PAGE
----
From Software to Success

4 min read

Technology Tips for Affordable Housing Developers Undergoing a RAD Conversion

I have good news for affordable housing developers modernizing their properties through a RAD conversion: Software can eliminate many of the complexities involved in managing the recapitalized assets. But—and this is a big but—only if these developers have taken some fundamental preparations. Based on our experiences working with developers on RAD conversions, my colleagues and I recommend the following:

  1. Define your goals. RAD is a HUD program available to owners of Section 8 Mod Rehab, Rent Supplement and Section 236 RAP, enabling them to convert the unit subsidy funding to long-term Section 8 project-based rental assistance. The start of any owner’s RAD decision begins with a host of questions about strategic goals. What are you hoping to gain from RAD? What does a successful conversion look like to you? Make sure you understand the purpose of RAD and how it works. There are many useful resources available on HUD’s website ( that you can access if you are unfamiliar with the program. (One caveat: HUD updates the RAD rules frequently, so be careful to review the most up-to-date materials.) If you can define your goals, you can more easily identify the role that technology will play in helping you achieve them.
  2. Select your Section 8 funding platform before you make any IT decisions. An owner undergoing RAD can replace the current Mod Rehab HAP contract with either Project-Based Vouchers (PBV) administered by the local PHA, or Project-Based Rental Assistance (PRBA) administered by HUD. Compliance guidelines differ for each. For instance, if you opt for PBRA, which most developers choose, you may be responsible for such tasks as income certification and waitlist management. With PBV, the agency typically handles these tasks. Your selection, therefore, will determine the type of software or capabilities you’ll need.
  3. Involve your software provider ASAP. Many developers already use software that can easily support RAD conversions.

But keep in mind that you will be creating a new entity (or property financial asset) and that the data required for the new entity may differ from what you’re used to tracking. For example, the RAD data could include compliance information on rent and household income. This is an especially important consideration for developers with little experience in the financing strategies they’re employing with RAD, such as leveraging Low Income Housing Tax Credit (LIHTC) equity. If you undergo a RAD conversion for the purposes of obtaining LIHTC financing, you’ll need software to help you manage the tax credit portion of your assets. Whatever the scenario, your software provider can tell you what adjustments or additions you will need to have in place when the new entity is created. Ideally, you should start working with your provider at least 60 to 90 days before your closing date.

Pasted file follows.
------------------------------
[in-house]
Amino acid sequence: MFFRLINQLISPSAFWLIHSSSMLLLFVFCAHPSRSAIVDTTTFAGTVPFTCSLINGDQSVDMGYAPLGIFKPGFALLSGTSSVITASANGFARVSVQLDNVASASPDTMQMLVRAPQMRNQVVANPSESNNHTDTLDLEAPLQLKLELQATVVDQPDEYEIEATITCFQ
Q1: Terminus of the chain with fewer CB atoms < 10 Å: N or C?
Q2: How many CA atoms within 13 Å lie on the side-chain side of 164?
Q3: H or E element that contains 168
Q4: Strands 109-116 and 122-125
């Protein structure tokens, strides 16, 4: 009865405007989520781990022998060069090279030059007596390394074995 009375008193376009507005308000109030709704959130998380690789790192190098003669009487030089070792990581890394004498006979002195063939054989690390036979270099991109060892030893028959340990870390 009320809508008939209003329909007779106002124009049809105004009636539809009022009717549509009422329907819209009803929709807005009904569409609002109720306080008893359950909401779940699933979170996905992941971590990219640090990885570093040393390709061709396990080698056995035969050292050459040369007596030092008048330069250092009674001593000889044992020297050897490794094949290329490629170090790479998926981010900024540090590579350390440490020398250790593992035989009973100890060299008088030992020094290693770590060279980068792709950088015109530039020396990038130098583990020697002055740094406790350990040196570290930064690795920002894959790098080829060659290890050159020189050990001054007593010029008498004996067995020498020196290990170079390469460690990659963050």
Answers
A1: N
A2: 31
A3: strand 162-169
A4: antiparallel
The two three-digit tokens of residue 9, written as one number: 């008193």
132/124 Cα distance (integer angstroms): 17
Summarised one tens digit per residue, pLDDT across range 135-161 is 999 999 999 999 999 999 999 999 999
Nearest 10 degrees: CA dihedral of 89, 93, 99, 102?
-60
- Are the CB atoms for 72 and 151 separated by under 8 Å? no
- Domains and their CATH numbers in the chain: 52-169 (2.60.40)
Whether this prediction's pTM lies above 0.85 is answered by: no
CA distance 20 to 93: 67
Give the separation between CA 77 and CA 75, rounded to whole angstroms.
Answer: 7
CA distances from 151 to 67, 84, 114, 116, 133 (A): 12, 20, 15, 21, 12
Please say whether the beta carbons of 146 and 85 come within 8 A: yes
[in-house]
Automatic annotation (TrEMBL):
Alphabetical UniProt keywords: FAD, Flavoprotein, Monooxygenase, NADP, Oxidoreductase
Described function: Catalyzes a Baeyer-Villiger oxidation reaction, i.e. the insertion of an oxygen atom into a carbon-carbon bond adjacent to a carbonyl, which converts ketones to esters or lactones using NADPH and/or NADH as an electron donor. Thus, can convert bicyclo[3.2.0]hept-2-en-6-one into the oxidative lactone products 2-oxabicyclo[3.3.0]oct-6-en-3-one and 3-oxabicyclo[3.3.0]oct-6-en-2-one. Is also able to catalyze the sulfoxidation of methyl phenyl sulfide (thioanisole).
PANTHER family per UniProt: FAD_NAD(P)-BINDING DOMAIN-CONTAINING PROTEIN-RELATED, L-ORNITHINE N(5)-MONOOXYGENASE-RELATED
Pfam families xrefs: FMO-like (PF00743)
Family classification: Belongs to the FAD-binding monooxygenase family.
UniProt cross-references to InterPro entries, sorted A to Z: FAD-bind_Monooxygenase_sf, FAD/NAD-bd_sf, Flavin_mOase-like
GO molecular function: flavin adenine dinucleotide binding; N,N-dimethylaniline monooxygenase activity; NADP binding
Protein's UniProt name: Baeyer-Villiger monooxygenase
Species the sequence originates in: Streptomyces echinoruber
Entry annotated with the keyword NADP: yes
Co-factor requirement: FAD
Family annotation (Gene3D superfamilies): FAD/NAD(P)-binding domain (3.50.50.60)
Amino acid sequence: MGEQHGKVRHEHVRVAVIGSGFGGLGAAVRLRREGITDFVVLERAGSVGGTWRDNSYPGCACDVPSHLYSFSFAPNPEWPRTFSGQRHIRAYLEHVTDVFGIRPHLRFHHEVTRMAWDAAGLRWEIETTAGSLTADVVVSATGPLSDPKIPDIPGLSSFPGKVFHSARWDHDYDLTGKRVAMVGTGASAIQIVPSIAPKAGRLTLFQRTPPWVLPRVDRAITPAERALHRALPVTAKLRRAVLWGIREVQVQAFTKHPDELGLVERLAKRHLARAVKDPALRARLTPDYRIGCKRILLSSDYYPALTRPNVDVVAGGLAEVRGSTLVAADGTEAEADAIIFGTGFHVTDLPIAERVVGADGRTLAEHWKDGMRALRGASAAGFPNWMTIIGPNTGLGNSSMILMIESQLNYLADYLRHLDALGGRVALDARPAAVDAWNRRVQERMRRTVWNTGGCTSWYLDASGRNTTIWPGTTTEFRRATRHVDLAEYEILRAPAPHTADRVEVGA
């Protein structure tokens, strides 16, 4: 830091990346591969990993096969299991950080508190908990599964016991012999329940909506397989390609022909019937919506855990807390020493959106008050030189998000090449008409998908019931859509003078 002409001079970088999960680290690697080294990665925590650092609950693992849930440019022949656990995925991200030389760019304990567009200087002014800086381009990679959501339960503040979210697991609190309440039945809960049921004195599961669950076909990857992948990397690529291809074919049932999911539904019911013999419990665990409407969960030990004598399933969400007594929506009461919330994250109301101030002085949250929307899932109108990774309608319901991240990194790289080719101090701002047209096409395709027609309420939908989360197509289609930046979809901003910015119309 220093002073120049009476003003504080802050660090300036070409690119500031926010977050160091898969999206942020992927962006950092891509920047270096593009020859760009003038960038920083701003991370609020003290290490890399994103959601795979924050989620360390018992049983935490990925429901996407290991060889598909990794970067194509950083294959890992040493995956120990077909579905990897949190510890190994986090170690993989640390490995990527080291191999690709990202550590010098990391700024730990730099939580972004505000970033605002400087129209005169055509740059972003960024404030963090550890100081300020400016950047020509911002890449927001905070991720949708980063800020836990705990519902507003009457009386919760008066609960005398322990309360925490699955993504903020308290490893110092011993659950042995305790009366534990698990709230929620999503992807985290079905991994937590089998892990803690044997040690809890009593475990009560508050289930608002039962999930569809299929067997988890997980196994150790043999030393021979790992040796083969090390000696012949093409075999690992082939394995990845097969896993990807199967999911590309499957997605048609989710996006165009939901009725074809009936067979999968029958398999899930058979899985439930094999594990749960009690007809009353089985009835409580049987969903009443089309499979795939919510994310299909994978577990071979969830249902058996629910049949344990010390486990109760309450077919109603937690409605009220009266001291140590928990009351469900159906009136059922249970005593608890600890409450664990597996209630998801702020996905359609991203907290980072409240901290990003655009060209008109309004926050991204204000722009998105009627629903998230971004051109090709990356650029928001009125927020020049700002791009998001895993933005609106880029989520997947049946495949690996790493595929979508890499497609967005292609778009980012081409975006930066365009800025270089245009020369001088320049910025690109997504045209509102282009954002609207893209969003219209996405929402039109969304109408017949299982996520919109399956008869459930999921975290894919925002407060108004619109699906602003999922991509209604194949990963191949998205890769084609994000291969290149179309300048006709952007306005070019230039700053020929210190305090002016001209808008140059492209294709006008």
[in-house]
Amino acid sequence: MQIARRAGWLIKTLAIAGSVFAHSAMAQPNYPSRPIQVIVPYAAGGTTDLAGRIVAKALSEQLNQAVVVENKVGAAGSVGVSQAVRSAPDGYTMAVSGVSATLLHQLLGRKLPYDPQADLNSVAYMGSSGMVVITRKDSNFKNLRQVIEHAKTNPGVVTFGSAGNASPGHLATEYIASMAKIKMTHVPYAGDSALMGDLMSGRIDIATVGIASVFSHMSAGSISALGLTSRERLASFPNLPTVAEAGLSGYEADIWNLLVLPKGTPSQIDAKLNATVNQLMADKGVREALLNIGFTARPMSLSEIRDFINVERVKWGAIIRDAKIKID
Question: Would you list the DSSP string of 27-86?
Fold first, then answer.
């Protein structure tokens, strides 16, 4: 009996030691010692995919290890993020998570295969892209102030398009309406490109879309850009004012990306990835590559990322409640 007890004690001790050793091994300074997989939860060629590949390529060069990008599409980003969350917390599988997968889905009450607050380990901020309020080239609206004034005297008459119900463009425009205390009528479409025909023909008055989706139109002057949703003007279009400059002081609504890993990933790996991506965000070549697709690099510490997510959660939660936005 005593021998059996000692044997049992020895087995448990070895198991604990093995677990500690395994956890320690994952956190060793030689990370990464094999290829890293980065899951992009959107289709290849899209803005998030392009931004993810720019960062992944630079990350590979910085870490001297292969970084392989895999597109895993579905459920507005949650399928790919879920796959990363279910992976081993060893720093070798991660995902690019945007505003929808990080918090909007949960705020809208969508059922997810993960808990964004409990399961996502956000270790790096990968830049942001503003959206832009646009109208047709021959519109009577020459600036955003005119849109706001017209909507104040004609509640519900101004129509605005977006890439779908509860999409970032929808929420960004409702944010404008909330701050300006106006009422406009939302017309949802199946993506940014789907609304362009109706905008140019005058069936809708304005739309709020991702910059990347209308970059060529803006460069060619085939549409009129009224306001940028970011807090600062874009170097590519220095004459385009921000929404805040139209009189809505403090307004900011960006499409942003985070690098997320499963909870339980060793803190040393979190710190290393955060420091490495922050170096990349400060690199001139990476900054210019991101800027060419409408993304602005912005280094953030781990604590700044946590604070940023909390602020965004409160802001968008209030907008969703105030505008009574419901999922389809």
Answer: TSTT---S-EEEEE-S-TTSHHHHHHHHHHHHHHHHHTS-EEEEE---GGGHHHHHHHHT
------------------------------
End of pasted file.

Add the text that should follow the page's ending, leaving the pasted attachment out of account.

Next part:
1. Assess your reporting needs. Establish parameters for the reports you’ll want to see and when. Figure out who can access the reports and whether they’ll be shared with your executive team, board, financial partners and other stakeholders. These policies will help your software provider integrate appropriate reporting tools into your modules. Also remember: It’s likely that your agency partner will contribute to the reports, so make sure that you set expectations in advance.
  2. Choose a champion. You should designate a staff member who can be the in-house expert on the software and on the RAD program in general. This person can also serve as a liaison between you and the regulatory agencies, making sure that all parties understand each other’s needs and goals.
  3. Provide training to users. Anyone on the developer side who leverages technology, such as site and compliance managers, needs some degree of training, whether it’s familiarizing them with new features and functions of existing software or teaching them how to use an entirely new platform. Training should also extend beyond technology. It should cover the basics of the RAD program (and any new funding programs utilized in the process). Trainees who don’t understand all relevant programs may face challenges in using the software correctly.

These tips may seem elementary, but they’re easy to overlook once you start navigating the complexities of RAD and its outcomes. Developers who follow these guidelines will effectively enable their software providers to pave the way toward success. The results will be fewer obstacles, faster progress, higher value, and, eventually, better housing for underserved communities.